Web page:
Jesus had two rules. Wabash College has just one. They one-upped Jesus! Here is their rule:
"The student is expected to conduct himself at all times, both on and off the campus, as a gentleman and a responsible citizen."My daughters’ school has three rules:
I will respect myself and others.Wabash has had its “Gentleman’s Rule” for almost 60 years. My daughters’ school has had the same three rules since it opened its doors in 1991. Meanwhile, the school where I work has a 62-page handbook of rules. At least one school I know has a handbook that approaches 80 pages.
I will take responsibility for my actions.
I will treat others the way I want to be treated.
Every year, my school adds and subtracts pages of rules. Mostly adds. Same story at schools across the country.
It’s like the entire history of the Torah, where 10 simple commandments became three books of the Torah that rival the worst portions of The Bartimaeus Trilogy, has been ignored. ("But Pa, it's not fair! You only had to memorize 10 commandments, and I have to memorize 406 pages!" "Shut up and eat your manna.")
Seriously, Christians circa 2011 can’t even remember 10 f**king commandments, much less whether some dude’s ox needs to be gored if it attempts to hump your goat on your side of the fence if your wife or daughter witnesses it. Nor do we know where to look in the Torah to find out.
Two schools, four rules.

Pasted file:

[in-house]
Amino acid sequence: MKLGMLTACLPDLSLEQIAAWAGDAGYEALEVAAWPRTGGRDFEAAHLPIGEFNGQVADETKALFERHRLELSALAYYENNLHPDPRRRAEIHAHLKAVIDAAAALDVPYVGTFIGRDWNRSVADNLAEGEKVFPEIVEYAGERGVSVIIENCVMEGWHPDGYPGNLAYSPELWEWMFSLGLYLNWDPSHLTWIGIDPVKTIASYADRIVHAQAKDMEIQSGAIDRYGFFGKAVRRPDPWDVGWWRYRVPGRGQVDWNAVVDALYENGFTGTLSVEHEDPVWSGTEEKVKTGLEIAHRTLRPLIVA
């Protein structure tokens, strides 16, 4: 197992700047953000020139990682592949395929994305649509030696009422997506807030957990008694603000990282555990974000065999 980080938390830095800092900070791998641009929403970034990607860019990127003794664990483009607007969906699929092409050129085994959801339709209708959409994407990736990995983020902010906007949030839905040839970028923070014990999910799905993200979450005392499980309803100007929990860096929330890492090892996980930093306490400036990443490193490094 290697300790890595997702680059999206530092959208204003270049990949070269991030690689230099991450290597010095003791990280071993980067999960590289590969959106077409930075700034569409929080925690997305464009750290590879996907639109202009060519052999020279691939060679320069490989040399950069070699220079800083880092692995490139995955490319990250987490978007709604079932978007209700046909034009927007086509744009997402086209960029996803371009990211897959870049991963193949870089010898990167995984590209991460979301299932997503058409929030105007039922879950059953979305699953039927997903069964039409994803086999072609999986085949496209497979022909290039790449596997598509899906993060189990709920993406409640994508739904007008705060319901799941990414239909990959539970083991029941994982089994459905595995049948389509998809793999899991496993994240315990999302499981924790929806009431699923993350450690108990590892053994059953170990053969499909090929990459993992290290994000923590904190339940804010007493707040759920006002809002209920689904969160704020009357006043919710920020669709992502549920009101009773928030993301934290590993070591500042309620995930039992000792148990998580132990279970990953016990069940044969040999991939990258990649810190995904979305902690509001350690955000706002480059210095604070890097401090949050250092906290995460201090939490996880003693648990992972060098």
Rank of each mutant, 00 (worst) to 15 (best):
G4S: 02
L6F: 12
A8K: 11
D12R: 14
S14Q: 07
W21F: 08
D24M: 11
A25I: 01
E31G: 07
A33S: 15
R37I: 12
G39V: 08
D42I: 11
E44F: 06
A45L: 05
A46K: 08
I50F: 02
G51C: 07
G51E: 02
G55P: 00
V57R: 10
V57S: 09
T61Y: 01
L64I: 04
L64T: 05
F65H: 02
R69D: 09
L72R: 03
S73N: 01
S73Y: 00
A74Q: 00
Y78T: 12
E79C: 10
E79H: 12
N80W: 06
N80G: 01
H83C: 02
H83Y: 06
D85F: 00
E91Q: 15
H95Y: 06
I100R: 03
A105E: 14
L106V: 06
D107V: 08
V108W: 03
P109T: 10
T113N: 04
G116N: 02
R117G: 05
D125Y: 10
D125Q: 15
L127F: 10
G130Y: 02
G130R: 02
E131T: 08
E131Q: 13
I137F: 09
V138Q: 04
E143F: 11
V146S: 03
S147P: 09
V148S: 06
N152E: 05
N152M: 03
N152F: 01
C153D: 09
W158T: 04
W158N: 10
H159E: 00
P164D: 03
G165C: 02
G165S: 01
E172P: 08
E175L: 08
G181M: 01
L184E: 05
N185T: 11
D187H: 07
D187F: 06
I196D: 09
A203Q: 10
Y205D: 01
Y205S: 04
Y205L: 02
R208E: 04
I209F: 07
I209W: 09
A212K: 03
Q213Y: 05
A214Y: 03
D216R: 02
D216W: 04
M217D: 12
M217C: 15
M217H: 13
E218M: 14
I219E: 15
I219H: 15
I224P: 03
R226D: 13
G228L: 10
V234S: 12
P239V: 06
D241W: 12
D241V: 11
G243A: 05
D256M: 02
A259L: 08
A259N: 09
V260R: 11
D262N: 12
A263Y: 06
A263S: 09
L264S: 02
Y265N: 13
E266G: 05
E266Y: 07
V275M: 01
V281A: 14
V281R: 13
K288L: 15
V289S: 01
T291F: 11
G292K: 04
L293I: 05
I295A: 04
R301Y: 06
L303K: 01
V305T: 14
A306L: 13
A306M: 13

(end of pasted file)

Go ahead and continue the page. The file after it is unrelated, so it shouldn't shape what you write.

Neither Wabash nor my daughter’s school spends hours and days in meetings attempting to clarify or tweak the rules they have laid out. Neither school has lengthy meetings with parents and/or students where the administrators must begrudgingly acknowledge that the rule against inappropriate sexual conduct did not explicitly state that one student could not grope a female student by the buttocks, so therefore the student cannot be punished for doing what was not expressly forbidden in the rules from doing. (For the record, it stated “breasts and genital areas.”)
To be fair, neither school has a military component, and many of the schools obsessed with lengthy rulebooks do, or at least did at one point in time. And anyone with military experience knows that the handbook on how to properly prepare and eat toast is at least 16 pages long.
Did you ever see A Few Good Men? Remember that scene where Lt. Caffey grabs the Army field manual and asks Noah Wyle if anywhere in there it says how to go to the mess hall for meals, and Wyle says “Nossir.” And Caffey throws him the Gitmo field manual and asks the same question, and Wyle says, “Nossir.” Remember that?
Well, I gay-ron-tee you that, when the movie came out, Army brass dudes looked at one another and said, “Is it really not in there? F**k!! We need to add that to next year’s edition!” And next year, there was a 14-page breakdown on how to get to a mess hall for three squares a day. Complete with bullet points that looked something like this:
- Between 4:30 a.m. - 6:30 a.m.
- Meat Lover preferences
- Dairy allergies
- For those with religious dietary restrictions
- Vegetarian preferences
- Pure vegan
- Traditional vegetarian
- Just no moo cows or cluck clucks or oink oinks, please
- No exceptions version
- "Bacon is too good and must be granted exception" version
- Between 6:30 a.m. - 8 a.m.
I’m not convinced that the One Rule or Three Rule model is a perfect fit for our school or any school, but doesn’t it more effectively get to the heart of what education is supposed to, ultimately, be about: getting students to think for themselves?
To annoy Bob, I’ll whip out my own bastardized version of Occam’s Razor again: All things being equal, the simplest explanation is most likely the right one. Which is to say, if both approaches to rules are a guaranteed pain in the ass for administrators and students, then isn’t too few rules better than too many?